State Senator Wants Meetings Live Streamed

Originally published in The Post-Journal on August 10, 2020.

Governments may be required to stream all open meetings and public hearings in real time even after the COVID-19 pandemic ends.

Since Gov. Andrew Cuomo’s executive order forced most meetings onto Zoom or live streaming, the Jamestown City Council has seen roughly 450 people view meetings online. The Chautauqua County Legislature has seen meetings viewed by as many as 640 people.

School board meetings in Panama and Clymer have seen a few hundred views for meetings. A June 16 Dunkirk Common Council meeting was seen by 1,230 people, and subsequent meetings have generated between 500 and 900 views.

Few smaller towns and villages in Chautauqua County live stream their meetings, though the Panama and Clymer school boards, among others, are streaming their monthly meetings and keeping them available either on YouTube or Facebook.

A July report by the New York Coalition for Open Government Inc. found that, despite Cuomo’s executive order, Elmira, Lockport and Olean weren’t live streaming their meetings as required. Of 20 governments studied, five didn’t post their meeting videos or audio recordings, only six posted meeting minutes within a month.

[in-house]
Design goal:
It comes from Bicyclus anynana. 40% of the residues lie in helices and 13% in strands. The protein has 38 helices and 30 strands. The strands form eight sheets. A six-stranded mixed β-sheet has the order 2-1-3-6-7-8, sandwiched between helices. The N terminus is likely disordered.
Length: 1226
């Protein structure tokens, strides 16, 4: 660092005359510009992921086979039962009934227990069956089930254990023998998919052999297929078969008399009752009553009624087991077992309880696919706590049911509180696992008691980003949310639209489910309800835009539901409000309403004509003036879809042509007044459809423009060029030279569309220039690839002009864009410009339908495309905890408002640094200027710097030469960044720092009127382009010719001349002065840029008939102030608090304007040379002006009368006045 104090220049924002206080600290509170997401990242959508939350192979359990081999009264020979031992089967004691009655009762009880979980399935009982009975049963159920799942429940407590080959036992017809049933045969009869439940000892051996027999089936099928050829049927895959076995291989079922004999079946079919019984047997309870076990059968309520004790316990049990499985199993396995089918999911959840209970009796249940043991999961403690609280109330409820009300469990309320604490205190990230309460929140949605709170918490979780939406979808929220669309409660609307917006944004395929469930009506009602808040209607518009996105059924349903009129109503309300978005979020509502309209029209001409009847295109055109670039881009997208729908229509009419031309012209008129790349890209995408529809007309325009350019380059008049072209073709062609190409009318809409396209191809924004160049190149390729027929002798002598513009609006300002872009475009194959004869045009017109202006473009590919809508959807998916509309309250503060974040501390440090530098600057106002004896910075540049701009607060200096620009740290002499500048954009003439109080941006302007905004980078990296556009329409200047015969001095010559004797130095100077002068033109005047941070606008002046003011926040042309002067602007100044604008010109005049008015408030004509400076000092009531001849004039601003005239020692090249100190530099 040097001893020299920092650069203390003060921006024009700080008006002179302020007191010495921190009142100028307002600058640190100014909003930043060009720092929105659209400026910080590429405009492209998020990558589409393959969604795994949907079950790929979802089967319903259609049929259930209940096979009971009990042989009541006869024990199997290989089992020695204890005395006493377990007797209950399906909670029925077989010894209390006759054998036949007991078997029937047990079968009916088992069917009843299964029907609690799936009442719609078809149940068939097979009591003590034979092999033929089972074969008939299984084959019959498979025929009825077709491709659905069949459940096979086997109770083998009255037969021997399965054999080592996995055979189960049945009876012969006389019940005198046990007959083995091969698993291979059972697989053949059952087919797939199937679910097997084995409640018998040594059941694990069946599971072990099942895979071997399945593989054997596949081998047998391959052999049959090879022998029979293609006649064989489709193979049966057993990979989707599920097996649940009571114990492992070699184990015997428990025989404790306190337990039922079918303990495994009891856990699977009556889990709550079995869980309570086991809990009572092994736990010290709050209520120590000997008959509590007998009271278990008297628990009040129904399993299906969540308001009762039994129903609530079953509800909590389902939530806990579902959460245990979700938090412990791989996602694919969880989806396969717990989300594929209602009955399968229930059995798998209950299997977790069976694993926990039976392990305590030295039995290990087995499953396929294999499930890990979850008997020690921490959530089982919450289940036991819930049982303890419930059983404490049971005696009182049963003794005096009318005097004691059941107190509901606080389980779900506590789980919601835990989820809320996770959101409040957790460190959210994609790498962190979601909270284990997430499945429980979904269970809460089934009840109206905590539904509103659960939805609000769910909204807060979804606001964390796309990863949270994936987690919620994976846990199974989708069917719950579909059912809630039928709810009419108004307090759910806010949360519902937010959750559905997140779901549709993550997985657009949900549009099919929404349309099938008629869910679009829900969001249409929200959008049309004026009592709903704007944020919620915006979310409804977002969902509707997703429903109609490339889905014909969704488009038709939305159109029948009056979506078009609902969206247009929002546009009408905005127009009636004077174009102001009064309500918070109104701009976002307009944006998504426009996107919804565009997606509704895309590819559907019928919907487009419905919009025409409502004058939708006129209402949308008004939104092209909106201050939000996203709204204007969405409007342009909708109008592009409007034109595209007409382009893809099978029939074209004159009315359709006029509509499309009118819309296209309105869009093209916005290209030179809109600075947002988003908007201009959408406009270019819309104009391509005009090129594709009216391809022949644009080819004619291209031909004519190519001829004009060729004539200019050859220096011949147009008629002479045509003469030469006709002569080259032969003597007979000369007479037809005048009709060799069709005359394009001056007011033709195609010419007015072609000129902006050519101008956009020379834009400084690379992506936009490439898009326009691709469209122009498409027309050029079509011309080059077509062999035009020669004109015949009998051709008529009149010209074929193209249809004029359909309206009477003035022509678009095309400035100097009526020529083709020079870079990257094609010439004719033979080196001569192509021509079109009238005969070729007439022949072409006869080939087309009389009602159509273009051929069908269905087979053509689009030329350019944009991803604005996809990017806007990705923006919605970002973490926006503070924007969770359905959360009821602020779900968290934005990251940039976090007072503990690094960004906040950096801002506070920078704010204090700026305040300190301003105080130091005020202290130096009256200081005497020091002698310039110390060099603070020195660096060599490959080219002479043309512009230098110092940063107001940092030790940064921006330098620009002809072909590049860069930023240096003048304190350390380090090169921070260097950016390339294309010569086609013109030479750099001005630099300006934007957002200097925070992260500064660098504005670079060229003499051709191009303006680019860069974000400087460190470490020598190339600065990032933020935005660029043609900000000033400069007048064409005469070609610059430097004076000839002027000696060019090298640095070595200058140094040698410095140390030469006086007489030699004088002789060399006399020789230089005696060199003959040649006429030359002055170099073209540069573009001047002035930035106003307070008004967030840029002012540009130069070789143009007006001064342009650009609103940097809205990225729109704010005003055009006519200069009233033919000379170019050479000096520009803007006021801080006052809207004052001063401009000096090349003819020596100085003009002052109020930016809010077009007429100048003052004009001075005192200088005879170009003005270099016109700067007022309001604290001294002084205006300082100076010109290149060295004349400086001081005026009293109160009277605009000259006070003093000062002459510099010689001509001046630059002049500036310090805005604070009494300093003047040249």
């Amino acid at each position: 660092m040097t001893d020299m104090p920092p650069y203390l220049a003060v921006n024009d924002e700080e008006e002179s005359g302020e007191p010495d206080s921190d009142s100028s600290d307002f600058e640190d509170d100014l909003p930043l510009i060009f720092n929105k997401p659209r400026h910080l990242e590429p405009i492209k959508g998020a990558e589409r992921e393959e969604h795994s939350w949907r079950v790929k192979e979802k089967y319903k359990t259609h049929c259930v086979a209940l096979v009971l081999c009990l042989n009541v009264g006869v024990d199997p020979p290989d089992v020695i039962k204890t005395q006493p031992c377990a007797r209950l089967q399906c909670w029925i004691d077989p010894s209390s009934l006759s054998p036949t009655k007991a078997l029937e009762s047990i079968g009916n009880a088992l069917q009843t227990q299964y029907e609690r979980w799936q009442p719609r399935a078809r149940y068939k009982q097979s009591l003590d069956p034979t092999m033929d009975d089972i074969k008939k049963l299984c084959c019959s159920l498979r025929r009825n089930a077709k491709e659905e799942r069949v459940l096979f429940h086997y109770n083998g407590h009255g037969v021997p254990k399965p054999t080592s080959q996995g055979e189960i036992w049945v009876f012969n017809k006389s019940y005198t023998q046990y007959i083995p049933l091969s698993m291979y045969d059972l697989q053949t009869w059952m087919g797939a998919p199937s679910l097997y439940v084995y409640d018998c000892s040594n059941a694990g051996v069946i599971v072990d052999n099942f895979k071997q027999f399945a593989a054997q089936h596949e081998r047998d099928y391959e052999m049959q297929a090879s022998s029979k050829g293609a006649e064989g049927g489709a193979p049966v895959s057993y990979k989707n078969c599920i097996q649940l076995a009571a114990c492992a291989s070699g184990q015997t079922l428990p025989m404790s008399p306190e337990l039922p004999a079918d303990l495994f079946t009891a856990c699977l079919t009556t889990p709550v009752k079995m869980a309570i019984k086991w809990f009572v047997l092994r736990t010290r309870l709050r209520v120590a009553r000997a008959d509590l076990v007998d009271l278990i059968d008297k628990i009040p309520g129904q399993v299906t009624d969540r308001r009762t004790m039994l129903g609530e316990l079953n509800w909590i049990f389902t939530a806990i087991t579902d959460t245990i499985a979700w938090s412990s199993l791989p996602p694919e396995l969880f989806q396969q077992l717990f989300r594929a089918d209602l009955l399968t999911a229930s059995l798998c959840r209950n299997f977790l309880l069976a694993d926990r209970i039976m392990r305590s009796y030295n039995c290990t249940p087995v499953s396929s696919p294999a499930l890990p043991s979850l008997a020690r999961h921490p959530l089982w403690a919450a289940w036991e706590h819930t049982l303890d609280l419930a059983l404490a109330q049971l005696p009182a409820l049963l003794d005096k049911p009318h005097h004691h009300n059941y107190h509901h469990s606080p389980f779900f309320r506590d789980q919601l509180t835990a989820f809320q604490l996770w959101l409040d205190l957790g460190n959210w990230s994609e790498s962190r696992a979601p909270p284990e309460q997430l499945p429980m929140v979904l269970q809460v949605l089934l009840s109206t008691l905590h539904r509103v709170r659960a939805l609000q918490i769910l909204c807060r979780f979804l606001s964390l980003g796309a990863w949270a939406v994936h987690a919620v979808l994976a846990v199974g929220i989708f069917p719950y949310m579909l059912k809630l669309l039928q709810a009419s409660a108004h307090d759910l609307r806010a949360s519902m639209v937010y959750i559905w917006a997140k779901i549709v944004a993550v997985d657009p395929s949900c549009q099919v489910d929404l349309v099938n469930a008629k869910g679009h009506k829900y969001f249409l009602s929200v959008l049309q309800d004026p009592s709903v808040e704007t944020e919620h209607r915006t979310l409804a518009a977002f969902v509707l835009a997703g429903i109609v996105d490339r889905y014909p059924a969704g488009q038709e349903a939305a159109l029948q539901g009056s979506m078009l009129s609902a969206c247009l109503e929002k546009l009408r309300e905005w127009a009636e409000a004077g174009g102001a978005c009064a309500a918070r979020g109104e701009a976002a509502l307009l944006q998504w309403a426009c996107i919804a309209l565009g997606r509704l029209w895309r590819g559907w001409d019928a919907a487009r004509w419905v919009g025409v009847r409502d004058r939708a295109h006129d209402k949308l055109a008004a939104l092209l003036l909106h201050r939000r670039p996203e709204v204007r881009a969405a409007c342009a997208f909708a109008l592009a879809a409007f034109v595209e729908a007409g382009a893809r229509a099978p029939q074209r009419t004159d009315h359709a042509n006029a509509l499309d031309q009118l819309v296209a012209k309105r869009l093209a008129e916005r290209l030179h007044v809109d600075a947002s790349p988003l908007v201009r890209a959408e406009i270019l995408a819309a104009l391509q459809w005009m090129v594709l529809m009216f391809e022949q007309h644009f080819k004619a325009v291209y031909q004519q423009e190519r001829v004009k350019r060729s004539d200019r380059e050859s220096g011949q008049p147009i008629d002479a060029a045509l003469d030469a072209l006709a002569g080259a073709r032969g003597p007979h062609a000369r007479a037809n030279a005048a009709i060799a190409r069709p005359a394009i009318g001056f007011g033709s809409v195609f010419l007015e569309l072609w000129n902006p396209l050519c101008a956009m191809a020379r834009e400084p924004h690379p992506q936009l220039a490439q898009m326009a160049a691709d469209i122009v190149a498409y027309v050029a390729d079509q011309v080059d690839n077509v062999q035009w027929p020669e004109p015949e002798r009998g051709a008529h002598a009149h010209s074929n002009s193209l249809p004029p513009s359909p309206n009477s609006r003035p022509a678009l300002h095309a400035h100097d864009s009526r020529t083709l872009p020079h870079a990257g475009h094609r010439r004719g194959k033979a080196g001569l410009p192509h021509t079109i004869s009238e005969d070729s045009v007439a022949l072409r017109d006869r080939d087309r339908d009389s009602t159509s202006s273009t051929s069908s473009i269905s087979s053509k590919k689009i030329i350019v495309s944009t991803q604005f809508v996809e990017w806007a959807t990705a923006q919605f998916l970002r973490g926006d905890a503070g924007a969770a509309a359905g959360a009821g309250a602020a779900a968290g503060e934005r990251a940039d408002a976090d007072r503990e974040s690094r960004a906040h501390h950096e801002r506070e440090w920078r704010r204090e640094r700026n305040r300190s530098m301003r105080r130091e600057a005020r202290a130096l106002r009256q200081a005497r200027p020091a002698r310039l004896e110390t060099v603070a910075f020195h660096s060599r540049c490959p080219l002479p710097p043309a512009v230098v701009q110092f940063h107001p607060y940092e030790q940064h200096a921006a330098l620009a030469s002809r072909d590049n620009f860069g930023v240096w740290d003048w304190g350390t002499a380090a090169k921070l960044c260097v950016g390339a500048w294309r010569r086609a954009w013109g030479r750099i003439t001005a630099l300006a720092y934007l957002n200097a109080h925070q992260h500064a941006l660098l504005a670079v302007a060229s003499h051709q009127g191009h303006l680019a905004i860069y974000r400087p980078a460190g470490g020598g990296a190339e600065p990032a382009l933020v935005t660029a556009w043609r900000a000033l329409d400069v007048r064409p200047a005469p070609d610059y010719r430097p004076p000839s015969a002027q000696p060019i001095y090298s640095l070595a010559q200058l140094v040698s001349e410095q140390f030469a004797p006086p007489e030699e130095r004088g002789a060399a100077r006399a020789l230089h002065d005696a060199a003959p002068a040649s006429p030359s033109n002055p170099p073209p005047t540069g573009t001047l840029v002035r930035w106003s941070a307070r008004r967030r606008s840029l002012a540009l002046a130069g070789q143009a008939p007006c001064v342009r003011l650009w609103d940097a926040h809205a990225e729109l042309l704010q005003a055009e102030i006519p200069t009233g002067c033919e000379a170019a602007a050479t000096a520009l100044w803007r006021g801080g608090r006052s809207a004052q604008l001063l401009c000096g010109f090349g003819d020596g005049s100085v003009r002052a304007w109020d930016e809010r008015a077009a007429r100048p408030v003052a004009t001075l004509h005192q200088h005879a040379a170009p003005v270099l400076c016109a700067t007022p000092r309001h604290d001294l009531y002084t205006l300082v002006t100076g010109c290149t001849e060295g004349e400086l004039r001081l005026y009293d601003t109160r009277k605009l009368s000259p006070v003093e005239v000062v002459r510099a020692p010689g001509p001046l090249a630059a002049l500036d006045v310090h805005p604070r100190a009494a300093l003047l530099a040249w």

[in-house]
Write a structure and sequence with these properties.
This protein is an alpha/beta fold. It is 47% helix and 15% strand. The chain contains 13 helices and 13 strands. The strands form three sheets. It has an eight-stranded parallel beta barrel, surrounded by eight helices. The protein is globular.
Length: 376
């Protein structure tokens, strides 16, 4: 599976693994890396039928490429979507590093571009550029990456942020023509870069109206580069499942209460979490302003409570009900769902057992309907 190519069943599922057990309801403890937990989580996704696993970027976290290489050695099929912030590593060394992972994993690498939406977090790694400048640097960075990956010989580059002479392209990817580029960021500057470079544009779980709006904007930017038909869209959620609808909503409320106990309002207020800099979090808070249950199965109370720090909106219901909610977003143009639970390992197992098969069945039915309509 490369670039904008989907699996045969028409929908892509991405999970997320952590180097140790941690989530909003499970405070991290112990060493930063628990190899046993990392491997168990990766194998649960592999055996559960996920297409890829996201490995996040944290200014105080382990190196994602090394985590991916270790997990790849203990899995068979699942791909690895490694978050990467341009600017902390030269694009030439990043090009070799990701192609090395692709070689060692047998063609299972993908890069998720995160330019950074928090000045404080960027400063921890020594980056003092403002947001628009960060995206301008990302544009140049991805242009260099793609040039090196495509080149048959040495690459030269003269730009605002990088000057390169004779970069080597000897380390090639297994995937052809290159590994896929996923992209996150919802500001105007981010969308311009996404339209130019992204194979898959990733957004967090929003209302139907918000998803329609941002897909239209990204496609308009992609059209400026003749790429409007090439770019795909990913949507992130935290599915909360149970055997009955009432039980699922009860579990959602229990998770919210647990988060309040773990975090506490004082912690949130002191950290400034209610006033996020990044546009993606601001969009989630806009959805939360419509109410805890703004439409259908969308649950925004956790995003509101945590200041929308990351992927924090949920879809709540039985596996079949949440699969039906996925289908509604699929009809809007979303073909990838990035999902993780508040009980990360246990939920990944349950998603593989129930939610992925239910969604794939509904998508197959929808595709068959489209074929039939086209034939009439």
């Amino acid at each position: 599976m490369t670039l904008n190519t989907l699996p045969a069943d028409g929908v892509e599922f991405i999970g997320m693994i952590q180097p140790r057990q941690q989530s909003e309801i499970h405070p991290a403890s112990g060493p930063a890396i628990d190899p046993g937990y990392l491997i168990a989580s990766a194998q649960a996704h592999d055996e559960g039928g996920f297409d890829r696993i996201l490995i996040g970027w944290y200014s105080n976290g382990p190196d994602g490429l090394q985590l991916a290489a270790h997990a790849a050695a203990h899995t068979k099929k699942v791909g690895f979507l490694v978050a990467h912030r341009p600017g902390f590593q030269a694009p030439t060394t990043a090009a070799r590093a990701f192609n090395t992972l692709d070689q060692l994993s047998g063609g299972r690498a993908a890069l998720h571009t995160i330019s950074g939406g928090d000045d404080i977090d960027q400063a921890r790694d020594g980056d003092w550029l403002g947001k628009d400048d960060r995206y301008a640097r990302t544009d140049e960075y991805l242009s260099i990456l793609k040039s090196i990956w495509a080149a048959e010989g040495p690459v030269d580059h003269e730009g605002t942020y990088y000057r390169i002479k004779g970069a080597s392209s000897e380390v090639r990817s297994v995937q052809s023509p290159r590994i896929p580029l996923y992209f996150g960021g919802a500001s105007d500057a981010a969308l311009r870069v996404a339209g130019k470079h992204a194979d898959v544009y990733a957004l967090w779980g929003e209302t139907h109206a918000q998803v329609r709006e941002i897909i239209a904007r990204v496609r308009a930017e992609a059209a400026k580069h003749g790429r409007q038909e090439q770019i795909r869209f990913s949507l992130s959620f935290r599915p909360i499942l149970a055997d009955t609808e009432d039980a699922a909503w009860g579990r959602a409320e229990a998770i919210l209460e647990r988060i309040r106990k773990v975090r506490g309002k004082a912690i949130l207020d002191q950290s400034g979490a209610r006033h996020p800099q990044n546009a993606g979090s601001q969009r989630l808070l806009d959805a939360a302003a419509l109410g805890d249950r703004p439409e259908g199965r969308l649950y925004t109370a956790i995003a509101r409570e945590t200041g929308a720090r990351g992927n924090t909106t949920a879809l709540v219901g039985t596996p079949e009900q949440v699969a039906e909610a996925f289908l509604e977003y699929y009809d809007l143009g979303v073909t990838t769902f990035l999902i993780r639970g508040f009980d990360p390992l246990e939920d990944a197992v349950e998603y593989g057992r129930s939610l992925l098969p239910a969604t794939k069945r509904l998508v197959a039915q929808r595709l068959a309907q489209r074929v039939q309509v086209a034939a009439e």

State Sen. Anna Kaplan, D-Carle Place, on Monday introduced legislation in the state Senate to amend Section 104 of the state Public Officers Law to require local governments to stream all open meetings and public hearings on its website in real time. Video recordings would have to be posted within five days of the meeting or public hearing and be maintained for at least five years.

“During the COVID-19 Pandemic, Governor Cuomo has issued an executive order calling for the live streaming of public meetings as local governments met remotely,” Kaplan wrote in her legislative justification. “Local governments adjusted and were able to comply with this executive order, and the public has embraced this increased accessibility to their elected officials. In Buffalo, a City Council meeting had over 18,000 views, and in Ogdensburg a server crashed as over 3,000 constituents attempted to view the meeting. These are two examples that show how embraced this concept is by the public. Government, both on the state and local level should be doing everything possible to increase public participation, and this legislation attempts to increase accessibility to the public.”

Kaplan’s legislation was referred to the Senate Rules Committee. Such legislation hasn’t been proposed before and companion legislation has yet to be introduced in the state Assembly.